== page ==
Harvey Penick’s Little Red Book should be required reading for golfers looking to improve their games. Penick had a gift for making the complex seem simple, and his teachings of him ring true to this day. With the PGA Tour heading back to Penick’s home of Austin later this month for the Dell Match Play, there is no better time to revisit the best secrets from his Little Red Book. Today’s article is about how to properly aim.
Part 1: How to lower your handicap by five strokes
Part 2: What golfers get wrong about their practice swings
Part 3: The simple fundamentals for hitting a perfect bunker shot
Part 4: The 2 most important psychological elements of golf
Part 5: Dispelling one of the biggest golf-swing myths
Part 6: Why swinging harder will help you hit your approach shots better
If there’s one thing we can all agree on, it’s this: golf is hard. Synchronizing your arms, body and mind to hit a little white ball is a challenge at every level of the game, and everyone is looking for an edge to make it a little easier.
One of the most straight-forward ways to make the game a little more simple is by controlling variables. And the easiest variables to control are those that happen before you even swing; Mainly, aim and alignment.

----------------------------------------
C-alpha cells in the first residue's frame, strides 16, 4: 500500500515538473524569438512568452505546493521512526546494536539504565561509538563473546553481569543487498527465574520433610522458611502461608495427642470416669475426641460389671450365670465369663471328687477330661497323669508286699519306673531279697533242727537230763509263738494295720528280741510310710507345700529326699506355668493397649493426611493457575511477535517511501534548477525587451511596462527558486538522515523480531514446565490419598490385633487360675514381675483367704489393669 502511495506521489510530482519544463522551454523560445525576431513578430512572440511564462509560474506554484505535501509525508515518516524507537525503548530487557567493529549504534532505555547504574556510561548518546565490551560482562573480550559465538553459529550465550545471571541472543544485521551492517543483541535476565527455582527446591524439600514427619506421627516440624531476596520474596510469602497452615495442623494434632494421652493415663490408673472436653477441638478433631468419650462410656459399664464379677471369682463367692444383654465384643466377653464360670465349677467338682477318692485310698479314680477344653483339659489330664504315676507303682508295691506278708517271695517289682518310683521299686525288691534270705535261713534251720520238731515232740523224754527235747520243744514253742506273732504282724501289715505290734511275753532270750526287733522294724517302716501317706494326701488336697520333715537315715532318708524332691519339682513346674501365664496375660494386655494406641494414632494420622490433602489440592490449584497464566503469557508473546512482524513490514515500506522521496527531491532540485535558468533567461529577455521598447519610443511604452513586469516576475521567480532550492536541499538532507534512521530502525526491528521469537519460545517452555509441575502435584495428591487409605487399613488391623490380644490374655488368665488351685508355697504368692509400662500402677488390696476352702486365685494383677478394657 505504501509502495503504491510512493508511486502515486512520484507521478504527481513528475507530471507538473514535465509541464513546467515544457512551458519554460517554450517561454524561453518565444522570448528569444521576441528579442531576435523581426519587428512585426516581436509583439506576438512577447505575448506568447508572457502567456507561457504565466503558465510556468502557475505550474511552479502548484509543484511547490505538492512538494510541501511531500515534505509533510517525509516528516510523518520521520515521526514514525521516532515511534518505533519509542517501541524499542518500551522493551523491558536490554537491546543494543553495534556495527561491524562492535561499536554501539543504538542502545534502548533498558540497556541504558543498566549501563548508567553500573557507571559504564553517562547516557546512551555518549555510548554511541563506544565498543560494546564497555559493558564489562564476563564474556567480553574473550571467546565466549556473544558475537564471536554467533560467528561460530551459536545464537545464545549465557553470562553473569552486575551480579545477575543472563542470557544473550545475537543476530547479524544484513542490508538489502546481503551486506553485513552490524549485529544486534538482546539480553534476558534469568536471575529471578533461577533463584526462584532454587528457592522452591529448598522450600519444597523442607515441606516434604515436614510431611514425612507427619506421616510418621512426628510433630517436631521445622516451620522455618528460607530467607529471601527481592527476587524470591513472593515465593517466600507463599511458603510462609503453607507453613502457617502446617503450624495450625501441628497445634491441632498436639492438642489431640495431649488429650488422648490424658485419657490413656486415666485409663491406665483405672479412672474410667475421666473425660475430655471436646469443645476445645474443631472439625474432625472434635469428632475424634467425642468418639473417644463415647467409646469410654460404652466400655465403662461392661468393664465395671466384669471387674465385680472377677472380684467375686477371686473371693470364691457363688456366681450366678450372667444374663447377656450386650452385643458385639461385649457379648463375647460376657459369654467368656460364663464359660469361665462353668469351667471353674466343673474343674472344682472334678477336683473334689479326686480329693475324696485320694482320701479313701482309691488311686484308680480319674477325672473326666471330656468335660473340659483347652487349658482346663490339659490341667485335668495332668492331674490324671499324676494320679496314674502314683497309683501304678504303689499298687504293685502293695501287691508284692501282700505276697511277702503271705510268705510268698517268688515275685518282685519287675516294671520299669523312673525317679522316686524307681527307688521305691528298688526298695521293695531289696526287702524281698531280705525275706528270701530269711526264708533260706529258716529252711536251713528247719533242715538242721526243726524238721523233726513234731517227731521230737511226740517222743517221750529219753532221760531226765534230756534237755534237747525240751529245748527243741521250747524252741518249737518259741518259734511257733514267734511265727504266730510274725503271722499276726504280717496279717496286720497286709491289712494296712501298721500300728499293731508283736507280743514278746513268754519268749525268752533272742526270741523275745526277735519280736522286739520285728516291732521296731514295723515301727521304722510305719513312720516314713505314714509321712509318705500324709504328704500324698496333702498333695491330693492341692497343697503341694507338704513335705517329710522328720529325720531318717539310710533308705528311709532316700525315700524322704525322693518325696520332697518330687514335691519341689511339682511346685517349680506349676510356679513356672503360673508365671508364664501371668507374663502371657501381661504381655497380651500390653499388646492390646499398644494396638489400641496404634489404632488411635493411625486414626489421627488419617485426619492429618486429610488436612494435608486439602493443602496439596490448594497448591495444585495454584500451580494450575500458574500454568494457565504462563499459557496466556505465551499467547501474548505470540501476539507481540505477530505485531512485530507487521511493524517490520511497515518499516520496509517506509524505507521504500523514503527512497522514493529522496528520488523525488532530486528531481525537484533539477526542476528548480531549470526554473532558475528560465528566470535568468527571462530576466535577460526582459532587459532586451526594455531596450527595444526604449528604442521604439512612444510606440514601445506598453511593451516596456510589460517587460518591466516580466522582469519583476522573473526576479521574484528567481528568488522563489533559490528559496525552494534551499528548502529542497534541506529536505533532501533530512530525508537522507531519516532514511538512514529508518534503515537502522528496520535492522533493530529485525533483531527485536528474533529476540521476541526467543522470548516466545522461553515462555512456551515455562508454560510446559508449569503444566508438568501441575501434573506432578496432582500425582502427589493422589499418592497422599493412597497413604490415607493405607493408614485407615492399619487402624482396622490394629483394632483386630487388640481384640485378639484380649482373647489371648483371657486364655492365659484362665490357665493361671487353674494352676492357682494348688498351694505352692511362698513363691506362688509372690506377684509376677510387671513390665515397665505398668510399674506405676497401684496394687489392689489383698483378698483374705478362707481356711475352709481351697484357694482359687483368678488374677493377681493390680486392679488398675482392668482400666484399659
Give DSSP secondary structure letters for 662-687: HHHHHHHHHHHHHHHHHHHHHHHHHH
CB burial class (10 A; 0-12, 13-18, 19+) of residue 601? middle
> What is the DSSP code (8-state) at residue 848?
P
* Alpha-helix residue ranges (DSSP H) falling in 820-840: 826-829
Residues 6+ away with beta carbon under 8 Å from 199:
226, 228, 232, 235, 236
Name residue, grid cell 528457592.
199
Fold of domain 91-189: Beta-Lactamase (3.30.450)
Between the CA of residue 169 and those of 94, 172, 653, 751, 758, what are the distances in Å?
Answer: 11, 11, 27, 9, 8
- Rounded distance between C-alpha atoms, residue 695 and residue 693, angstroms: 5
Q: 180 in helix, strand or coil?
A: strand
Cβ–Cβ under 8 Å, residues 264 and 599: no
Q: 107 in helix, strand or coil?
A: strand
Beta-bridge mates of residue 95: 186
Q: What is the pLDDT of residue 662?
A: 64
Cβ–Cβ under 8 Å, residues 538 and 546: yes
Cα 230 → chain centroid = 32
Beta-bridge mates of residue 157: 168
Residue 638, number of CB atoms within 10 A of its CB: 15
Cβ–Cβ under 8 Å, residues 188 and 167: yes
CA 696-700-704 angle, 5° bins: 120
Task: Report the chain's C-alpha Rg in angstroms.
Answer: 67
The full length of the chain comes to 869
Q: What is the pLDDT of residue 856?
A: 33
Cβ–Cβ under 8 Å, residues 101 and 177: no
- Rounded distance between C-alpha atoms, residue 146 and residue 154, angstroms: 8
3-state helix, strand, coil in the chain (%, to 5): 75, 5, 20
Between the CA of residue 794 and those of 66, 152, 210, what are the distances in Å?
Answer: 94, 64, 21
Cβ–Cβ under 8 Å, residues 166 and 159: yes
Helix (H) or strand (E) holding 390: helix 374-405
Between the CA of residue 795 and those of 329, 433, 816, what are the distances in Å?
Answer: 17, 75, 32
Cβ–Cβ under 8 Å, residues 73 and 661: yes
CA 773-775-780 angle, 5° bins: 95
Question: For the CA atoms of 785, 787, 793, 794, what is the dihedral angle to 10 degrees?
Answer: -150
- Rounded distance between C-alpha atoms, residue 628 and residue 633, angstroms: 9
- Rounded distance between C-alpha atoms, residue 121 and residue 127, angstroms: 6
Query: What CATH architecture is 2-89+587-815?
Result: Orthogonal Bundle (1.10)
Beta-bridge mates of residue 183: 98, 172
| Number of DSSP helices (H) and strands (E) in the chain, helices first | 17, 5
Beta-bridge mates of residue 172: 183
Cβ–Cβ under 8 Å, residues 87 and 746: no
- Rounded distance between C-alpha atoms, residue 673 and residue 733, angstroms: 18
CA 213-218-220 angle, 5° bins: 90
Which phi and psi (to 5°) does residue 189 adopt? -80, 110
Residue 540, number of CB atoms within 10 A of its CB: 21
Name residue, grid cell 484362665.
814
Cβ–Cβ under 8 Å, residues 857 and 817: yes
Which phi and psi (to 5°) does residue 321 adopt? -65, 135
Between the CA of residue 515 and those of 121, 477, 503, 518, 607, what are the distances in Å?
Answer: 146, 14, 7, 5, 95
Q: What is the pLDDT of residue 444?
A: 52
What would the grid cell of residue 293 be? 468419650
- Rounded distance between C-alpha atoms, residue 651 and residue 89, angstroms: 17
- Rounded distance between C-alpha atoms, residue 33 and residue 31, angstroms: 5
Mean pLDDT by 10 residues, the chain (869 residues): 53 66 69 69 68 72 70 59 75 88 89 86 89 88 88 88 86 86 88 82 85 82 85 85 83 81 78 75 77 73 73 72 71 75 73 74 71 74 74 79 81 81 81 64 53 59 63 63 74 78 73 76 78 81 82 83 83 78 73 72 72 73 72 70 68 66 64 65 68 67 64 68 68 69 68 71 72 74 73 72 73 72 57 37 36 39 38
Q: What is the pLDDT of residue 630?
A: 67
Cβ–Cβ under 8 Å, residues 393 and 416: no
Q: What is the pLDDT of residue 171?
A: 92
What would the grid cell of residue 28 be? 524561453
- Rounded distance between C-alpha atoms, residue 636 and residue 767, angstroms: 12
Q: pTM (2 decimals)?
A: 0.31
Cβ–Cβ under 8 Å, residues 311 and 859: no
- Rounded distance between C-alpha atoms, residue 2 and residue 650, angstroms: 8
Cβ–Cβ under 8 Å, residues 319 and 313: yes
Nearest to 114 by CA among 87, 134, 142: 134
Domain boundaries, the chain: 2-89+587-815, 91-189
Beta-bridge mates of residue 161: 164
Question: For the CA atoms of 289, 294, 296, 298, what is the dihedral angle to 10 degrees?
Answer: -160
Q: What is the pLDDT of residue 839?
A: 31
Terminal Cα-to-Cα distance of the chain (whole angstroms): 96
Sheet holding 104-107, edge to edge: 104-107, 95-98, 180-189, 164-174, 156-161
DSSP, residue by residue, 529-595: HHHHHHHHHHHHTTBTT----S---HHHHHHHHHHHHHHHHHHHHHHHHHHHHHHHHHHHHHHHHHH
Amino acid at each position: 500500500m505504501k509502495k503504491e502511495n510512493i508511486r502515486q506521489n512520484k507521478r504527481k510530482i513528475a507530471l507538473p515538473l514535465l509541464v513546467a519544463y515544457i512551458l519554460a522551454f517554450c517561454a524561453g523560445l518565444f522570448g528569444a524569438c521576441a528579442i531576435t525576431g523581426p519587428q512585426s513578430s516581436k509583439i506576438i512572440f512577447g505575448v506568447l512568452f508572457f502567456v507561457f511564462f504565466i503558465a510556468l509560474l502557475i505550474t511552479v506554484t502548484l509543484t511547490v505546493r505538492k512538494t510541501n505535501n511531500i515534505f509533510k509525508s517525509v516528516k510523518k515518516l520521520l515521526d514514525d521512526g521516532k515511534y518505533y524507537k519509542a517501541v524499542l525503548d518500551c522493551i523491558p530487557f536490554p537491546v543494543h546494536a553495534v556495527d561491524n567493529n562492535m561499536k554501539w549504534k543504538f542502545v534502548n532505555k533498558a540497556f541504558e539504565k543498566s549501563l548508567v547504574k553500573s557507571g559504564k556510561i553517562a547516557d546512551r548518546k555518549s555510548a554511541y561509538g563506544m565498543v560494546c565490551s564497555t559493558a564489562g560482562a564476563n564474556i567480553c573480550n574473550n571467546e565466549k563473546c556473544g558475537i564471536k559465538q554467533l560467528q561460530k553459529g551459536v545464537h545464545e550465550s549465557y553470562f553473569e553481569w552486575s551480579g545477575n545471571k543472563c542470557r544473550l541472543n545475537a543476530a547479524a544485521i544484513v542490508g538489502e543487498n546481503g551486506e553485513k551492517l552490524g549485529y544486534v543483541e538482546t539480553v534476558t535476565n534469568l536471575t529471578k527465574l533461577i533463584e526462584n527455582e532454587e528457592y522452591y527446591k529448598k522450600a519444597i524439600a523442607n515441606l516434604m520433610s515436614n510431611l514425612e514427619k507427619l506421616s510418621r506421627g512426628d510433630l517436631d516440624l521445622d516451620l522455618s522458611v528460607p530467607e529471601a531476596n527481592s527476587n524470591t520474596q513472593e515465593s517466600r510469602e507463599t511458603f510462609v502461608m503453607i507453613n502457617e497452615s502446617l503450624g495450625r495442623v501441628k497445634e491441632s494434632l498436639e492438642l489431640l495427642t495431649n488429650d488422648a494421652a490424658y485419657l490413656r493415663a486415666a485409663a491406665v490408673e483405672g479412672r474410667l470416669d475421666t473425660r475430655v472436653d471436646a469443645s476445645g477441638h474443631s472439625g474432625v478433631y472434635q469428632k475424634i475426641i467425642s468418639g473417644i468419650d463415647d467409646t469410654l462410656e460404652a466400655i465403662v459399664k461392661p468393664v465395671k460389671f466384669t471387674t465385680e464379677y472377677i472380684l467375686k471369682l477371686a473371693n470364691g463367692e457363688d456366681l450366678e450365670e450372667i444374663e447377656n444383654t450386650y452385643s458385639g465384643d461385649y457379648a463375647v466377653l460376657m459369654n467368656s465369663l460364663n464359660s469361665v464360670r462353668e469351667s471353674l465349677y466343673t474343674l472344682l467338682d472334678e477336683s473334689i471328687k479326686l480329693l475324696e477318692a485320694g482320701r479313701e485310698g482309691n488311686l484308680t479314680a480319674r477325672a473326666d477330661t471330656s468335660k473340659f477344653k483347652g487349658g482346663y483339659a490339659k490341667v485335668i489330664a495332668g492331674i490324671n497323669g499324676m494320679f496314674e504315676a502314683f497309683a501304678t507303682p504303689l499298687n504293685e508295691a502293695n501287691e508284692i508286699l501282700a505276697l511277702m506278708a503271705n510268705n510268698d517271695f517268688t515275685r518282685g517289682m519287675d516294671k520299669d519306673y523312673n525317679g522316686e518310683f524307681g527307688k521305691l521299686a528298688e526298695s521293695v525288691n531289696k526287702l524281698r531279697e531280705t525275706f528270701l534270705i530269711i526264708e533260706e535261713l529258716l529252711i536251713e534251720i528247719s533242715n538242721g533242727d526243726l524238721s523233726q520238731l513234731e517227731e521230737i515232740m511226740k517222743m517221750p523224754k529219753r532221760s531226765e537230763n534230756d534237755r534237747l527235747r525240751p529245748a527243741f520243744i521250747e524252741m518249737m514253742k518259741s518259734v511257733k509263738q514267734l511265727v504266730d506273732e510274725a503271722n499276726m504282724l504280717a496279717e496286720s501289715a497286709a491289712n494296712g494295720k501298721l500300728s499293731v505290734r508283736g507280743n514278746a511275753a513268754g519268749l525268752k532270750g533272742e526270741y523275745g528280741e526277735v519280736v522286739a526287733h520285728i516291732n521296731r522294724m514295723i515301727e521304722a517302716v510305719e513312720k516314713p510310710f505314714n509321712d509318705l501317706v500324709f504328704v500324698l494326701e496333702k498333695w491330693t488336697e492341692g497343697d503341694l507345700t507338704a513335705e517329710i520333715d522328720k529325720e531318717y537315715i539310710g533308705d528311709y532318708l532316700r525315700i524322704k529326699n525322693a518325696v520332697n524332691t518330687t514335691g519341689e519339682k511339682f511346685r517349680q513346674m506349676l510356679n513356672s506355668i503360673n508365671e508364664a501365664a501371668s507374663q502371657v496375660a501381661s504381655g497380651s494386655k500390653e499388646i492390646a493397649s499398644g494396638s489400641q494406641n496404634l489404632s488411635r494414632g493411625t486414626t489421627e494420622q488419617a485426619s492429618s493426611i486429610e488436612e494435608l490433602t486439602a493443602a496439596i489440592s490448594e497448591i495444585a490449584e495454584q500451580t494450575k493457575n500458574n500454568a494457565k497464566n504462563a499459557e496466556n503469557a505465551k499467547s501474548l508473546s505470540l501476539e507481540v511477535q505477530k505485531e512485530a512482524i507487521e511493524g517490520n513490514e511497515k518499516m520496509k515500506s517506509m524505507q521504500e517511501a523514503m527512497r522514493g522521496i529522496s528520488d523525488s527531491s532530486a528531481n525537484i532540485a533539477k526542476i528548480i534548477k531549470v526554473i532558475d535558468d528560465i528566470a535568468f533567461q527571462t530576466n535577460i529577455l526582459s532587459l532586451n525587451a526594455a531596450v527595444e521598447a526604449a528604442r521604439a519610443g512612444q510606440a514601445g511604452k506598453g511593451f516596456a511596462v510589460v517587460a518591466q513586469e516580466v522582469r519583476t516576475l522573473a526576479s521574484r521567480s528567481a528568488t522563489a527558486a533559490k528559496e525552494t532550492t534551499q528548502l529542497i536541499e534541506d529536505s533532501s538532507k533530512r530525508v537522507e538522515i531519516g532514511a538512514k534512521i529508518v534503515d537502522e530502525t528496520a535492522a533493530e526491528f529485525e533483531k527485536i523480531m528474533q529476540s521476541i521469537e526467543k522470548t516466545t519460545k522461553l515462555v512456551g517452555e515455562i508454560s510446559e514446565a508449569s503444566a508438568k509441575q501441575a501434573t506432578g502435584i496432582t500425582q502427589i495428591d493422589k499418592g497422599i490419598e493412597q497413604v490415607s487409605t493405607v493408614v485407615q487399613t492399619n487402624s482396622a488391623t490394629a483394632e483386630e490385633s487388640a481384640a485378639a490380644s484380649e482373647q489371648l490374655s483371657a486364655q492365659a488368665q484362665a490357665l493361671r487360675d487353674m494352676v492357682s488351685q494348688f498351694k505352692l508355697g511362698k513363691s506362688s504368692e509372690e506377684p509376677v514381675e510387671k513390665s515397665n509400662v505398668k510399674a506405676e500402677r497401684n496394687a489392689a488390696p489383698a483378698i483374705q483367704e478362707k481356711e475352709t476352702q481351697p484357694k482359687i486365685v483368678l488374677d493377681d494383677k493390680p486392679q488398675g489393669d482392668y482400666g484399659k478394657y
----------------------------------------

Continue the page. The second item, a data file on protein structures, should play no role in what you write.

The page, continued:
Now, aiming in the correct direction might seem simple, but as anyone who’s gotten their alignment out of whack can tell you, it’s anything but.
A popular method for checking your aim is to place an alignment stick at your feet pointing down the line. Common wisdom says this tells you where you’re aimed, but according to Harvey Penick, it actually “tells you very little.”
“Take your stance and hold a clubshaft along the front of your thighs,Penick wrote in his Little Red Book. “Look where the club is pointing, and you will see where you are aimed.”
Once you get your aim down pat, you’ll begin hitting the ball much more solidly.
“Hit the ball solidly, and I can show you where you were aimed,” Penick said. “Once you learn this, your mind will tell you how to aim.”